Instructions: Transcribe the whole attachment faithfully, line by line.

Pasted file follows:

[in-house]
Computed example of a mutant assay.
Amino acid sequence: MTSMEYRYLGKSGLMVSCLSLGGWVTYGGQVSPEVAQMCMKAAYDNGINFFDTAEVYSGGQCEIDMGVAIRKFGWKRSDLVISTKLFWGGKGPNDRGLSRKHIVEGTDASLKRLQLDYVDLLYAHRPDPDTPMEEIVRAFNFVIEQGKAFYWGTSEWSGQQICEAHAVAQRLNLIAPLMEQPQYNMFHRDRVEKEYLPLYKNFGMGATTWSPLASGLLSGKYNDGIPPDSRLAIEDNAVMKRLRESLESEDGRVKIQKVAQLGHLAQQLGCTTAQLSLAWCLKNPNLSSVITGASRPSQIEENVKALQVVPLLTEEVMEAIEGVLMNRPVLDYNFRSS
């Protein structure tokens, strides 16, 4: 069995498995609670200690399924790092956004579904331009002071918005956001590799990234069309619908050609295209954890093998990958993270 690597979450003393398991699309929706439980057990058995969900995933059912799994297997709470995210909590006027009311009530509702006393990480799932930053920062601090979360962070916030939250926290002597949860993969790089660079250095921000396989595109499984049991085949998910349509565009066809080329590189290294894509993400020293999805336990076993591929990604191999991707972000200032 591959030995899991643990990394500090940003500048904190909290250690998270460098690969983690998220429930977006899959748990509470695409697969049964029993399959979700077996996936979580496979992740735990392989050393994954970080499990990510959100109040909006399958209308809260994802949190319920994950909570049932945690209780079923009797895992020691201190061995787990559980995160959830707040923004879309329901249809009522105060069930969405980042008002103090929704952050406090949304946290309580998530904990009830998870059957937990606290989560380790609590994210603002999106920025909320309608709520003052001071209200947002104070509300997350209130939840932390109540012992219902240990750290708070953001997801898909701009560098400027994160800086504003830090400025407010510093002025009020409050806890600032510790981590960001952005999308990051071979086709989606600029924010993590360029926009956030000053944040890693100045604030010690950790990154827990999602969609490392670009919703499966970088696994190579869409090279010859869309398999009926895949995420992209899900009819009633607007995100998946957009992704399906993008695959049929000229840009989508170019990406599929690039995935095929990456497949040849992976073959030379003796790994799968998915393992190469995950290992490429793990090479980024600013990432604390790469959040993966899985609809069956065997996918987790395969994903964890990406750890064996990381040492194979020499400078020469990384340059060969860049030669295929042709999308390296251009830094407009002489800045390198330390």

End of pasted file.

[in-house]
Computed example of a mutant assay.
Amino acid sequence: MTSMEYRYLGKSGLMVSCLSLGGWVTYGGQVSPEVAQMCMKAAYDNGINFFDTAEVYSGGQCEIDMGVAIRKFGWKRSDLVISTKLFWGGKGPNDRGLSRKHIVEGTDASLKRLQLDYVDLLYAHRPDPDTPMEEIVRAFNFVIEQGKAFYWGTSEWSGQQICEAHAVAQRLNLIAPLMEQPQYNMFHRDRVEKEYLPLYKNFGMGATTWSPLASGLLSGKYNDGIPPDSRLAIEDNAVMKRLRESLESEDGRVKIQKVAQLGHLAQQLGCTTAQLSLAWCLKNPNLSSVITGASRPSQIEENVKALQVVPLLTEEVMEAIEGVLMNRPVLDYNFRSS
């Protein structure tokens, strides 16, 4: 069995498995609670200690399924790092956004579904331009002071918005956001590799990234069309619908050609295209954890093998990958993270 690597979450003393398991699309929706439980057990058995969900995933059912799994297997709470995210909590006027009311009530509702006393990480799932930053920062601090979360962070916030939250926290002597949860993969790089660079250095921000396989595109499984049991085949998910349509565009066809080329590189290294894509993400020293999805336990076993591929990604191999991707972000200032 591959030995899991643990990394500090940003500048904190909290250690998270460098690969983690998220429930977006899959748990509470695409697969049964029993399959979700077996996936979580496979992740735990392989050393994954970080499990990510959100109040909006399958209308809260994802949190319920994950909570049932945690209780079923009797895992020691201190061995787990559980995160959830707040923004879309329901249809009522105060069930969405980042008002103090929704952050406090949304946290309580998530904990009830998870059957937990606290989560380790609590994210603002999106920025909320309608709520003052001071209200947002104070509300997350209130939840932390109540012992219902240990750290708070953001997801898909701009560098400027994160800086504003830090400025407010510093002025009020409050806890600032510790981590960001952005999308990051071979086709989606600029924010993590360029926009956030000053944040890693100045604030010690950790990154827990999602969609490392670009919703499966970088696994190579869409090279010859869309398999009926895949995420992209899900009819009633607007995100998946957009992704399906993008695959049929000229840009989508170019990406599929690039995935095929990456497949040849992976073959030379003796790994799968998915393992190469995950290992490429793990090479980024600013990432604390790469959040993966899985609809069956065997996918987790395969994903964890990406750890064996990381040492194979020499400078020469990384340059060969860049030669295929042709999308390296251009830094407009002489800045390198330390």